First, it has to be said that Dennis was really a good sport about this and was more than a little excited: Even though he had zero tailwheel time and the same amount of time in Pitts-equivalent airplanes (there actually is no Pitts-equivalent), he welcomed the prospect of a new experience. I liked his attitude and I knew my airplane would like it, too.
After doing the rudimentary cockpit checkout (“To get it started, turn this, push that, and tower is 119.9. Have a good time.”), I turned it over to him on the taxiway, and he did an above-average job mastering the lack-of-visibility-induced drunken weave that is part of avoiding collisions with anything smaller than a medium-sized building. I did the actual takeoff, but gave it to him as soon as we were off the ground. His flight path may have been a little askew, as the pronounced P-factor tried to drag him off-center to the left, and he had a little trouble believing you could actually climb an airplane with the nose that high and not fall out of the sky, but otherwise, he appeared to be enjoying himself.
Out in the practice area, while doing keep-the-ball-centered exercises, I introduced him to his butt. (“Butt, meet Dennis, your owner. Dennis, meet your butt. Learn to listen to it.”) Then I sat with my hands in my lap as I talked him through a series of aileron rolls and loops. The completion of each was met with a terse sound of approval over the ICS with very few adjectives offered. (“Dennis? You okay?” “Yeah, I’m okay.”) The same thing was true when talking him through the landing approaches. He again did an above-average job on something he clearly had never even imagined, much less done.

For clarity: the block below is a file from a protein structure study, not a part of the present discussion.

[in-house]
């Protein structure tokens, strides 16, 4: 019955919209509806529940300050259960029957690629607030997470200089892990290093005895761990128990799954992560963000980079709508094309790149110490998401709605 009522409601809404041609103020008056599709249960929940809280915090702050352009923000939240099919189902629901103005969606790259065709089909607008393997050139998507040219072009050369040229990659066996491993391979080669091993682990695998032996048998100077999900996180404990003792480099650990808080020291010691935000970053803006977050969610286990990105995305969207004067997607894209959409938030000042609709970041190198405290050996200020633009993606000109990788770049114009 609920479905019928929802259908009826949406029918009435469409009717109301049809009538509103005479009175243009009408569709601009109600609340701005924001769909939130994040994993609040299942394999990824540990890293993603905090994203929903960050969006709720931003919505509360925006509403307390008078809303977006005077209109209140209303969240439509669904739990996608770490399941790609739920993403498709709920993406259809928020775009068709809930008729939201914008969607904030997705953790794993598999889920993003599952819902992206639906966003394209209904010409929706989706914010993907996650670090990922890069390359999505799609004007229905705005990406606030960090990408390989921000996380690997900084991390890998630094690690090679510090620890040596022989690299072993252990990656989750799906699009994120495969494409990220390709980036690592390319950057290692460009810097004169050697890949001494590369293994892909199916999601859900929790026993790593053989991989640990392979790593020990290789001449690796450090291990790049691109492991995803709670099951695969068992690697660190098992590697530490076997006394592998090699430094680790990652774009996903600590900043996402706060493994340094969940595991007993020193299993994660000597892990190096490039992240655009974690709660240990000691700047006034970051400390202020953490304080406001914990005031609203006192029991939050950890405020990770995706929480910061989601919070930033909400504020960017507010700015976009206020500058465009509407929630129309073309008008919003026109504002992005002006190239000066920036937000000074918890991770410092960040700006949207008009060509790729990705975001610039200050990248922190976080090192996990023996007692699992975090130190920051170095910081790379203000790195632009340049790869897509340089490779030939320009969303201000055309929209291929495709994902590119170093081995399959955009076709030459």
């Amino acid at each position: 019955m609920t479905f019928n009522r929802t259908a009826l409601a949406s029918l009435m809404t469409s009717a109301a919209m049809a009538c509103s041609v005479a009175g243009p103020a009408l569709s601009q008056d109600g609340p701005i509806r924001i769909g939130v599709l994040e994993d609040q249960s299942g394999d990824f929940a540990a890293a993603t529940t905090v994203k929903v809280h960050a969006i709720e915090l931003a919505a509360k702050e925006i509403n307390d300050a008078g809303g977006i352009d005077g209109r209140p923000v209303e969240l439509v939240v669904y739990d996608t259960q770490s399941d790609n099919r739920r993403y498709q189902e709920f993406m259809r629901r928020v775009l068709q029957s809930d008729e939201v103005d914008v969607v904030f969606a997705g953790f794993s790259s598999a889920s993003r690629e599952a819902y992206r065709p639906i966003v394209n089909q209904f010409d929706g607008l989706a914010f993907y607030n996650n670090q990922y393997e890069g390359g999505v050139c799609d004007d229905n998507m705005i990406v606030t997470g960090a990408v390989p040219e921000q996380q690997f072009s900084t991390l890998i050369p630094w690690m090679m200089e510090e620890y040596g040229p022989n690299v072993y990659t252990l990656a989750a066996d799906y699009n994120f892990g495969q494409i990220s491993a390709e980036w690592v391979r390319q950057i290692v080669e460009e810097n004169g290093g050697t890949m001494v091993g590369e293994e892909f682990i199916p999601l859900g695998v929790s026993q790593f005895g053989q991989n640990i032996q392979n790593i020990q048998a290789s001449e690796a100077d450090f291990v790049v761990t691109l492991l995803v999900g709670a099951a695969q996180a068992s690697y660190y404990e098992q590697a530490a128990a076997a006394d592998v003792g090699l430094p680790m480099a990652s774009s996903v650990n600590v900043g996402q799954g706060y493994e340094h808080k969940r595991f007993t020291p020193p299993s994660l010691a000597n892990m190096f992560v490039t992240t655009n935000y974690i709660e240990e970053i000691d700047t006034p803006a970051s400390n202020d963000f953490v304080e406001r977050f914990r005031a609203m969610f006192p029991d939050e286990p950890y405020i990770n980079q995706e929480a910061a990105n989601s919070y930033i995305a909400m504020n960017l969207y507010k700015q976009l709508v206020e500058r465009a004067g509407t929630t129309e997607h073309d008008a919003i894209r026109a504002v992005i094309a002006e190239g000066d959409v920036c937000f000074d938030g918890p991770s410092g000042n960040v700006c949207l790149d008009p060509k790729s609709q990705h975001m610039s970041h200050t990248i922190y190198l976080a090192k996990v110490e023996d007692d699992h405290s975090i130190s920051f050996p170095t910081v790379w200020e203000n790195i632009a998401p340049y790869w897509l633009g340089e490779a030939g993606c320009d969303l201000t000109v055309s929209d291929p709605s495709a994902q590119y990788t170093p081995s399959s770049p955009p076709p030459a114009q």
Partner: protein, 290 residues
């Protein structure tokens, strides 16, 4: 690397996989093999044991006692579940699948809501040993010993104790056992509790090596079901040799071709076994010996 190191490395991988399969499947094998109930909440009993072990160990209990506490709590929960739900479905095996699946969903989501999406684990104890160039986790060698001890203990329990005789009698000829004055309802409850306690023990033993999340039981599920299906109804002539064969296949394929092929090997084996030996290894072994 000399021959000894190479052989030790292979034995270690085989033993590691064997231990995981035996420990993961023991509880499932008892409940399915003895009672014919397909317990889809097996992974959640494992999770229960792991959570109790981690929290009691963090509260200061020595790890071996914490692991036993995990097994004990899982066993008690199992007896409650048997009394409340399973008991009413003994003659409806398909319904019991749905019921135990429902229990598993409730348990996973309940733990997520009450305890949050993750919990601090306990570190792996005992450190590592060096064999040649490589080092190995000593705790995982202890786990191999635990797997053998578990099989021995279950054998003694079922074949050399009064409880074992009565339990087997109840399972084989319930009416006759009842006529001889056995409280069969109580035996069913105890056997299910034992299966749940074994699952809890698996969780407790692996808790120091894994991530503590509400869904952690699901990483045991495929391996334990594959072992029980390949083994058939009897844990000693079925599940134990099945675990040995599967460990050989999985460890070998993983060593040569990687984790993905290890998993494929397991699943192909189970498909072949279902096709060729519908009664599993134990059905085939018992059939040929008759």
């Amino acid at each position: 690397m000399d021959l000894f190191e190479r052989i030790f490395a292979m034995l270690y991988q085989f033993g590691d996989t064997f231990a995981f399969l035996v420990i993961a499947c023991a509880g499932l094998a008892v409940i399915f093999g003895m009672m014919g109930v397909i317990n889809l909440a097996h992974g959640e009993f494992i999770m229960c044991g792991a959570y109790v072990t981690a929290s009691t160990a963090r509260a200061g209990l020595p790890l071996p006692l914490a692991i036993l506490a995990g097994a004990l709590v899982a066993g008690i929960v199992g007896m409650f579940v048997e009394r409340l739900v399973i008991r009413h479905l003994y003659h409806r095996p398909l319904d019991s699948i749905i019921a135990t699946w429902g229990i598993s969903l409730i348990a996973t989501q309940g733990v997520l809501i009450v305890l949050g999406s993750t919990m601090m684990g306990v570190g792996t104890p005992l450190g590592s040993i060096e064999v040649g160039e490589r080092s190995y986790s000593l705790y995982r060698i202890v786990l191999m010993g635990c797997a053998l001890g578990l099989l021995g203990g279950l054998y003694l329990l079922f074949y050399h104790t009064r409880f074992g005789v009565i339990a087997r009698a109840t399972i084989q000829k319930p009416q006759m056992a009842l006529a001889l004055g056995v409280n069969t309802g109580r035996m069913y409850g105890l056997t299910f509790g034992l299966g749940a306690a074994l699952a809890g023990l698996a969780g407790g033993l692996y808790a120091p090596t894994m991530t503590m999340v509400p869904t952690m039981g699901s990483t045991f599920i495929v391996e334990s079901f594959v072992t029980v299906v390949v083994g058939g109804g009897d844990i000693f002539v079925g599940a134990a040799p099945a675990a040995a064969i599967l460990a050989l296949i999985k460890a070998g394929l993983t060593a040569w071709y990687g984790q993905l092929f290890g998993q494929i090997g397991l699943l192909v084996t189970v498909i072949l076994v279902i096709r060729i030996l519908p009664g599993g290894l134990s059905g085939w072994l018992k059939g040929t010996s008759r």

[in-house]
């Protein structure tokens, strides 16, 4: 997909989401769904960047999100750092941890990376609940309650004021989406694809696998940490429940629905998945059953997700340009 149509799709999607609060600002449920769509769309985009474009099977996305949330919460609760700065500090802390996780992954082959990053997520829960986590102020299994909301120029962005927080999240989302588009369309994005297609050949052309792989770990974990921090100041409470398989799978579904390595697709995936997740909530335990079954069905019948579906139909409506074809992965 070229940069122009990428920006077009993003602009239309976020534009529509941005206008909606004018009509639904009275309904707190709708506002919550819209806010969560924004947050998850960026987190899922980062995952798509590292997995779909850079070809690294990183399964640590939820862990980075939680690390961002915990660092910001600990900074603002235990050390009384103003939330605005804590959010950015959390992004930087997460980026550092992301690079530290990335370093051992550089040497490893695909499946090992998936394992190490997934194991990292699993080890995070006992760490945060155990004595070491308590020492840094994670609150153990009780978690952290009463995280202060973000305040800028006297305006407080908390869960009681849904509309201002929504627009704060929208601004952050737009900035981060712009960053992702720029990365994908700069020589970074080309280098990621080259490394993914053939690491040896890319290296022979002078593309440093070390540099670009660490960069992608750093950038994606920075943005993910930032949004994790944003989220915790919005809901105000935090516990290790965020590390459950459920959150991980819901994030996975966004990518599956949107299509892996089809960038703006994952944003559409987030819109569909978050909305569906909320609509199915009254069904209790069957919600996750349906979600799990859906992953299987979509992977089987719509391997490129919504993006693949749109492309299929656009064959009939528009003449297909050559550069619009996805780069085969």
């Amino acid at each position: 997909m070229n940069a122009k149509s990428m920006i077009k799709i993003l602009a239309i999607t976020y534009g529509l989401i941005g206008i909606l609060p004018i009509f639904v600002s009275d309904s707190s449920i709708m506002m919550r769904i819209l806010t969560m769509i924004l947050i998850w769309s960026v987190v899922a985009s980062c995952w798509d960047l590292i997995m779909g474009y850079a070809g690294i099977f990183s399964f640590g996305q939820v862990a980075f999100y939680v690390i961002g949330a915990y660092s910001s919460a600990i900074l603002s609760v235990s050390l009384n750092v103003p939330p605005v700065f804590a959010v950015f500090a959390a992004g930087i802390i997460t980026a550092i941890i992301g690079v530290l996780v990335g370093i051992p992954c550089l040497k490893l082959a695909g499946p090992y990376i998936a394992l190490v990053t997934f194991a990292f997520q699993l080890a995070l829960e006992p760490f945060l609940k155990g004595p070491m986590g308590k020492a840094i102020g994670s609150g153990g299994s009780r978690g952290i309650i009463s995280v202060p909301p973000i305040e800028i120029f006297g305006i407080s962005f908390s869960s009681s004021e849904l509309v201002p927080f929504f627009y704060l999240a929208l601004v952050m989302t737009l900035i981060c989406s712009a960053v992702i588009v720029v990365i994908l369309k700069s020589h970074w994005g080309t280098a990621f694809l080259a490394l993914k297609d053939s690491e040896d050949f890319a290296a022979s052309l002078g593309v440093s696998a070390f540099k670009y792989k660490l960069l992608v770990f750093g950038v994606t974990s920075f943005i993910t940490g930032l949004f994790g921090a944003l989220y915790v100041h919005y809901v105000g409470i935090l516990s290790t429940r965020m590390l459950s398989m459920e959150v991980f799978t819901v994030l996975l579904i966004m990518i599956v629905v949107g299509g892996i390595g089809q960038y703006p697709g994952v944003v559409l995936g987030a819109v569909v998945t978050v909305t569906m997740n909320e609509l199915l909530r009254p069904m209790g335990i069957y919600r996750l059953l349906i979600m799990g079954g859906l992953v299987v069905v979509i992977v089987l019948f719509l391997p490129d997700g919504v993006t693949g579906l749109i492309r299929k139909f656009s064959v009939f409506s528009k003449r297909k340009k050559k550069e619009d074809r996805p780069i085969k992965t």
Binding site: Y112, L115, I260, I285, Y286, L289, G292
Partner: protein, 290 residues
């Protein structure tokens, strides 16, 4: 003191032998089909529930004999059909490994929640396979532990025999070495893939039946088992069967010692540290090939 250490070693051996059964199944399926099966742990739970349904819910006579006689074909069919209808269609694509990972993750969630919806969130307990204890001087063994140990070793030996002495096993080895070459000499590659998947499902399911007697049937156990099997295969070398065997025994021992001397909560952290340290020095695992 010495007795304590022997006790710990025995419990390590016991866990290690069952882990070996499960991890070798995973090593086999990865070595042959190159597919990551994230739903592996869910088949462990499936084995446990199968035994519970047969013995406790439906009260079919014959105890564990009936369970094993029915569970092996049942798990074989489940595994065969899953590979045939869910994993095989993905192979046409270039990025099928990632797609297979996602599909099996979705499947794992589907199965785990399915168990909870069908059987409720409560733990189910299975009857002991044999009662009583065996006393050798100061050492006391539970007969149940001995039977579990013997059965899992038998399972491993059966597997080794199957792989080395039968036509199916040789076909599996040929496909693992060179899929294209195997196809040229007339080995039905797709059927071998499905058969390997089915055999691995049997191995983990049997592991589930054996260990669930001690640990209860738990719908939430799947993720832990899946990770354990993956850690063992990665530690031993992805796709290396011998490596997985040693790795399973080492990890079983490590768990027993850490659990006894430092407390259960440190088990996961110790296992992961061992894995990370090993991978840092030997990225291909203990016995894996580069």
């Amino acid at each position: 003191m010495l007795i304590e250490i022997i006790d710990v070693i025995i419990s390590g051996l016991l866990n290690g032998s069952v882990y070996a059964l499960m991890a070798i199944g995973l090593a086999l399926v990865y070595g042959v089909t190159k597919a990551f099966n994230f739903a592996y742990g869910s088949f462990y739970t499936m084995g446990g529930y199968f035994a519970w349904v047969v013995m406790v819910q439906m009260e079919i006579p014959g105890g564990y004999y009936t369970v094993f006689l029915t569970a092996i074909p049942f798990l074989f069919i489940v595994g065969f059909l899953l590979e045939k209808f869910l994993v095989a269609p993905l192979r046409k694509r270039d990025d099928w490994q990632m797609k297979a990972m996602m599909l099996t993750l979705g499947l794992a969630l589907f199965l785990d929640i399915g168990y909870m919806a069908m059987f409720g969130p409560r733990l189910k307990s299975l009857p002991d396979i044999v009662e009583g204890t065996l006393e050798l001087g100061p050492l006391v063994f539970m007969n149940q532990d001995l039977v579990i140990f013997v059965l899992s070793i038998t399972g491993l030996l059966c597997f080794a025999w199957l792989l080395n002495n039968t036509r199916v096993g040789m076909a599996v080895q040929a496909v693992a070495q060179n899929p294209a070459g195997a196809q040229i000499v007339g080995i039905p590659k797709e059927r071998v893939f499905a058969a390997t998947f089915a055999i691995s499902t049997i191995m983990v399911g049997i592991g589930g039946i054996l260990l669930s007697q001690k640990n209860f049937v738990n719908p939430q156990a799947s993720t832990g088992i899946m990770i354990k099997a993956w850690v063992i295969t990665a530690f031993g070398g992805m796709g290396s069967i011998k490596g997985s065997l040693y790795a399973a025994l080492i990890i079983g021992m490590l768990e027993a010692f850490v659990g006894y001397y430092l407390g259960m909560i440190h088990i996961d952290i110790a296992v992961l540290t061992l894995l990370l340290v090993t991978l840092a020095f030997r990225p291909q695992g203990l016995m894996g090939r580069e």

Back at the hangar, after he had struggled out of the chute and got his head straightened out, his thoughts literally tumbled out: “I don’t know what words to use. I have so many things to say, but don’t know where to start. First, you’re right about the way the airplane shows everything you do wrong. In all honesty, inside my head, I’m beating myself up, right now, because of so many basic things I did wrong, when I clearly know better.
“I didn’t know I was holding outside aileron in turns. And I didn’t know my right foot was often resting on the rudder and driving the ball out. I don’t know that I’ve ever listened to my butt, when it has been talking to me all these years.
“I guess what I’m saying is that this is really flying! I should have done this 40 years ago! It would have made me a better pilot.”
Among the things I learned when Dennis and I traded cockpits was that the basics apply, regardless of how much glass is involved.
So, anyone with a modern airplane wanna give me a ride? Or a Columbia? I’ll trade you a Pitts ride! Help put this old country boy back in the type-hunting groove.